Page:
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Daily Express: Boss in Shell scandal starts legal fightback

Daily Express (UK): Boss in Shell scandal starts legal fightback

“… Watts’ counsel, David Pannick, claimed Watts could be easily identified by any “reasonable reader”. This was because the notice referred to Shell’s annual report, signed off by Watts, which contained false reserves statements, and to a Shell-commissioned report into the scandal, naming him among others. This had led to “contemptuous press coverage”.

Published by Daily Express 26 July 2005

By Andrew Johnson

SIR PHILIP WATTS, ousted as Shell’s boss in the oil reserves scandal, yesterday fired the opening shot against the Financial Services Authority in the fight to clear his name.

His lawyers told a preliminary hearing of the Financial Services and Markets Tribunal the City watchdog had infringed his rights by identifying him in a potentially damaging way when explaining why it had fined Shell £17million for market abuse. He should have been given an advance look at the notice to answer criticisms, they said.

This is the latest challenge to the FSA’s authority after its defeat last year hi a mortgage mis-selling row with Legal & General that sparked criticism by Prime Minister Tony Blair of the watchdog’s practices.

Watts wants the FSA to withdraw the notice and to be able, if he wins, to take it to a full tribunal hearing where he can directly address the criticism of him for the first time in public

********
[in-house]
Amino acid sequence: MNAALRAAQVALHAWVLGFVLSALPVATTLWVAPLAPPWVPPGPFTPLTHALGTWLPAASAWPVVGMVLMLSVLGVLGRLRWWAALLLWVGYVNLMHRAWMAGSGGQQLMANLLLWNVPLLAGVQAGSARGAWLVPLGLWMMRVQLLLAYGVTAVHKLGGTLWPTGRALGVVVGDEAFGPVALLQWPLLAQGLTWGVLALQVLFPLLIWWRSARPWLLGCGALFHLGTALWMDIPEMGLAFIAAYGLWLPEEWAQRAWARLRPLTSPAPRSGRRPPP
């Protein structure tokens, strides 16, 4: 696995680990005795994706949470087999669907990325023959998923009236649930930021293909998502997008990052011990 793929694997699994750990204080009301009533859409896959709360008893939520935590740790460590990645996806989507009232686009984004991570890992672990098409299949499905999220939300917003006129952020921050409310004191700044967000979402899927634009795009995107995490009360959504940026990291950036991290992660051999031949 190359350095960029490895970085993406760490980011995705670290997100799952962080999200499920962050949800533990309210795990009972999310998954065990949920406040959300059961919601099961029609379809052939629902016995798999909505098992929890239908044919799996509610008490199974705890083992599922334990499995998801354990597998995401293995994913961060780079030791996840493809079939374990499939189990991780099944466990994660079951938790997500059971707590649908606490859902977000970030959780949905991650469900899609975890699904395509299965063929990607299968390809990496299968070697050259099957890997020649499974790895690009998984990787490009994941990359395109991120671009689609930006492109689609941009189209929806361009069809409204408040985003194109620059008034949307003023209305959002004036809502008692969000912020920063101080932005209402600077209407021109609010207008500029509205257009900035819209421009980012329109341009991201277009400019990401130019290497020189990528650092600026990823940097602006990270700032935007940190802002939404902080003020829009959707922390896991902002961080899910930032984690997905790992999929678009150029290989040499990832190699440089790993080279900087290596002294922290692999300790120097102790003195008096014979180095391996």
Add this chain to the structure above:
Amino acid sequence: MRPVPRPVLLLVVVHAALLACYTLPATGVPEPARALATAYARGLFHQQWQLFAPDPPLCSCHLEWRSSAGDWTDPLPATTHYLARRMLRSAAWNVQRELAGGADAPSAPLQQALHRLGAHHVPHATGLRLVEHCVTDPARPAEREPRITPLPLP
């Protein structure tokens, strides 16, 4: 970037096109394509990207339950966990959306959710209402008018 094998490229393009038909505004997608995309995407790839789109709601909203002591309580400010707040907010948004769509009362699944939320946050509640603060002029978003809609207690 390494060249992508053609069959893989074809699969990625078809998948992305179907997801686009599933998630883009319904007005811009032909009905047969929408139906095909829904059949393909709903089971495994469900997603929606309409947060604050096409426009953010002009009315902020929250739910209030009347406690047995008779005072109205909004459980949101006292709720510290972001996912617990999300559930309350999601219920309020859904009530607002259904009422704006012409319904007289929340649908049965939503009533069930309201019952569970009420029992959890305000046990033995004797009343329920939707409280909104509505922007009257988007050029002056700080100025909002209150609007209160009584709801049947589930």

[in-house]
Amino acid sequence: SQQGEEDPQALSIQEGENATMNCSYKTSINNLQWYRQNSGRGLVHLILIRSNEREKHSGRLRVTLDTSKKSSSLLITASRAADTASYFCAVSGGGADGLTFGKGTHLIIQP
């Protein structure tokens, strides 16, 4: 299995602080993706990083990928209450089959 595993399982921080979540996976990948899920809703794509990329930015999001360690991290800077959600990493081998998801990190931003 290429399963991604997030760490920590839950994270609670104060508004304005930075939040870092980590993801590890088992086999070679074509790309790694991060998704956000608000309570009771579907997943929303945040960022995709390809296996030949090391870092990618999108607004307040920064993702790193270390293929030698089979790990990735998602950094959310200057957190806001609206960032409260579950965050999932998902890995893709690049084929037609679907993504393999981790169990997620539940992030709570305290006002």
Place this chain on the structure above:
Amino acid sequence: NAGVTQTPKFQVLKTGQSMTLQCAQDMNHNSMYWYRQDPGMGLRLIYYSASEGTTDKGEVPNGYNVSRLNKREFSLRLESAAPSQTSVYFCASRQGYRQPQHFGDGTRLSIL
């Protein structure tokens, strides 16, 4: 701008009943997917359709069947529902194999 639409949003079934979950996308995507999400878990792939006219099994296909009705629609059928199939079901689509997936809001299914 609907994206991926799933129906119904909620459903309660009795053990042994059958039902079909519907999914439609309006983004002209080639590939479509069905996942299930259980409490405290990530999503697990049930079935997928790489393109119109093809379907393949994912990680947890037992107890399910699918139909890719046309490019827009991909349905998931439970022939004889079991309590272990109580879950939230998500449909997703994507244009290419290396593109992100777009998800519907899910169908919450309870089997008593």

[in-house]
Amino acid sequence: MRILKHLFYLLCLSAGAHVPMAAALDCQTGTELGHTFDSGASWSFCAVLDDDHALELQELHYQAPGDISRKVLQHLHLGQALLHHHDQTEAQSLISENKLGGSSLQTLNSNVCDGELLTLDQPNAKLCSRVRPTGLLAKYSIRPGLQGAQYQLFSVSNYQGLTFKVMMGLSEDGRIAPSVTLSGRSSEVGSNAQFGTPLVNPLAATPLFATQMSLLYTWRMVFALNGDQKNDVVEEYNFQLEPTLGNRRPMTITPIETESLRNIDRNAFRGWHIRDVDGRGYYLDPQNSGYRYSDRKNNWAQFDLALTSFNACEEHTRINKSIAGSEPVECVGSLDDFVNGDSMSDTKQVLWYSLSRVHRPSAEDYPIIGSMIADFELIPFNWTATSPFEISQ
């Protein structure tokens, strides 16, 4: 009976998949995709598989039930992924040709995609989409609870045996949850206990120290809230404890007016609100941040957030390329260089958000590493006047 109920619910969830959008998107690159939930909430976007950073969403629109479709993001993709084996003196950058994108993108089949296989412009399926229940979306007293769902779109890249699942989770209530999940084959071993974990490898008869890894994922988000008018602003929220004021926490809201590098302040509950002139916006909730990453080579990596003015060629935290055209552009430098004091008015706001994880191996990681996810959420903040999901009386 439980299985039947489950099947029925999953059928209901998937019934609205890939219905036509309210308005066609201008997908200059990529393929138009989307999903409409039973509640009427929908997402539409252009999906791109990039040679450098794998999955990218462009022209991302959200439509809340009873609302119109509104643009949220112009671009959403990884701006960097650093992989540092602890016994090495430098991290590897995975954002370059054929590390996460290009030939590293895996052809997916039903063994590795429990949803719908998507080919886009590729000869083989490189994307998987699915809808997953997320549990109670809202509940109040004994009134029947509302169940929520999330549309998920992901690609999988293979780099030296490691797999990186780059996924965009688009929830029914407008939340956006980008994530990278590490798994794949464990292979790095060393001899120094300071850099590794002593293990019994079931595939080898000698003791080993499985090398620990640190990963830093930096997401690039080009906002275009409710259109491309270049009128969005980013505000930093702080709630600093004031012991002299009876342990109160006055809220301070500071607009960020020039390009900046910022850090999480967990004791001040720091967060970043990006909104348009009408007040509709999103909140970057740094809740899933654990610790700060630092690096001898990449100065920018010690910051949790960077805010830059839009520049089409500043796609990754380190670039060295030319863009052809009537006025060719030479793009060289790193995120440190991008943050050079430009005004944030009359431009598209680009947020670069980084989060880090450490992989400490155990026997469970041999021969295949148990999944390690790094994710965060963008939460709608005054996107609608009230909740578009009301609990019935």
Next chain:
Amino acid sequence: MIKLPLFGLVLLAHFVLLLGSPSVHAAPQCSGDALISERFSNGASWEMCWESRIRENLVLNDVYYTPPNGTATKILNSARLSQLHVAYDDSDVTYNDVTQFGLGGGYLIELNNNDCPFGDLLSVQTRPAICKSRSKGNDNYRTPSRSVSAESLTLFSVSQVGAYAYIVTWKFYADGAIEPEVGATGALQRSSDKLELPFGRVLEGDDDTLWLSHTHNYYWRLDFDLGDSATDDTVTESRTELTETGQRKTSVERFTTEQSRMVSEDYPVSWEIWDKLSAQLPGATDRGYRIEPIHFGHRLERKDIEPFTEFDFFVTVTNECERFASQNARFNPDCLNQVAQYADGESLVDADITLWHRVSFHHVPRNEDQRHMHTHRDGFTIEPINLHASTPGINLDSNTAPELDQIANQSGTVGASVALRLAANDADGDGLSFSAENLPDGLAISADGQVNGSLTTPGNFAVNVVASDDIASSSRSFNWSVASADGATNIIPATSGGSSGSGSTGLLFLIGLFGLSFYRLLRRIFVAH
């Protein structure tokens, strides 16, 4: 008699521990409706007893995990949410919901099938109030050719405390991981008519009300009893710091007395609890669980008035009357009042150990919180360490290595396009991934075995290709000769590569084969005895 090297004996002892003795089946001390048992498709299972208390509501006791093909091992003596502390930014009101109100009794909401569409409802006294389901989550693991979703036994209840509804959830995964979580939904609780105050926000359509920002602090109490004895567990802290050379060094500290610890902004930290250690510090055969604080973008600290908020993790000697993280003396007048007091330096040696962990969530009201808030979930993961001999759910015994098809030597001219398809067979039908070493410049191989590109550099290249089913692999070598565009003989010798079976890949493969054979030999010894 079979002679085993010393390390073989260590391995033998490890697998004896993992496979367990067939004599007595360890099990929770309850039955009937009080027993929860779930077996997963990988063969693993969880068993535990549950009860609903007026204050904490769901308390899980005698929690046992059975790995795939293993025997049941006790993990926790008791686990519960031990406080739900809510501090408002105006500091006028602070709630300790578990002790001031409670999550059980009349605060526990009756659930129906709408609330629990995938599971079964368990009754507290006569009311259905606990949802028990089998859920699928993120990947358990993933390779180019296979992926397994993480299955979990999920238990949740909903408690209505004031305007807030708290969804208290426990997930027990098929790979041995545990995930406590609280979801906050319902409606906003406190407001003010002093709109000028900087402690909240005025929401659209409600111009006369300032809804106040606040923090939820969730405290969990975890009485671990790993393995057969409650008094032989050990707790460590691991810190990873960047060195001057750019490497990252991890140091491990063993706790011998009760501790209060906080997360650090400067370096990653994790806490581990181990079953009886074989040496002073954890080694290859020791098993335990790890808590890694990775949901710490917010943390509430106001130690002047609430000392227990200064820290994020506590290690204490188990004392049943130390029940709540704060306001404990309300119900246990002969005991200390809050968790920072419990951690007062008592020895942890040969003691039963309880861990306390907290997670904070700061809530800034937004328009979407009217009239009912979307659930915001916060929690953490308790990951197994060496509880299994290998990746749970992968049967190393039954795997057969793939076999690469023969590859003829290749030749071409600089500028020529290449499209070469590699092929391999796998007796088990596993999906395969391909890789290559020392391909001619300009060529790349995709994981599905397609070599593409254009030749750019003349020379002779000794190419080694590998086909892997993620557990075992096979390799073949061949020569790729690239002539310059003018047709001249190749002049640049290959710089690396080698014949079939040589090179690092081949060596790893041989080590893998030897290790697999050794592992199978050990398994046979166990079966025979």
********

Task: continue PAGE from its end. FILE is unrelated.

The FSA claims the notice did not identify Watts and its criticism, including those of Shell’s slack controls, referred only to the company.

Lord Grabiner, for the FSA, said the notice did not refer to Watts by name nor job title, and did not ask any of the questions likely if he was directly hi the spotlight. Watts had brought the hearing because he was “frustrated” with the media coverage, he said.

But Watts’ counsel, David Pannick, claimed Watts could be easily identified by any “reasonable reader”. This was because the notice referred to Shell’s annual report, signed off by Watts, which contained false reserves statements, and to a Shell-commissioned report into the scandal, naming him among others. This had led to “contemptuous press coverage”.

Watts continues to be investigated by the FSA for his personal role in the scandal

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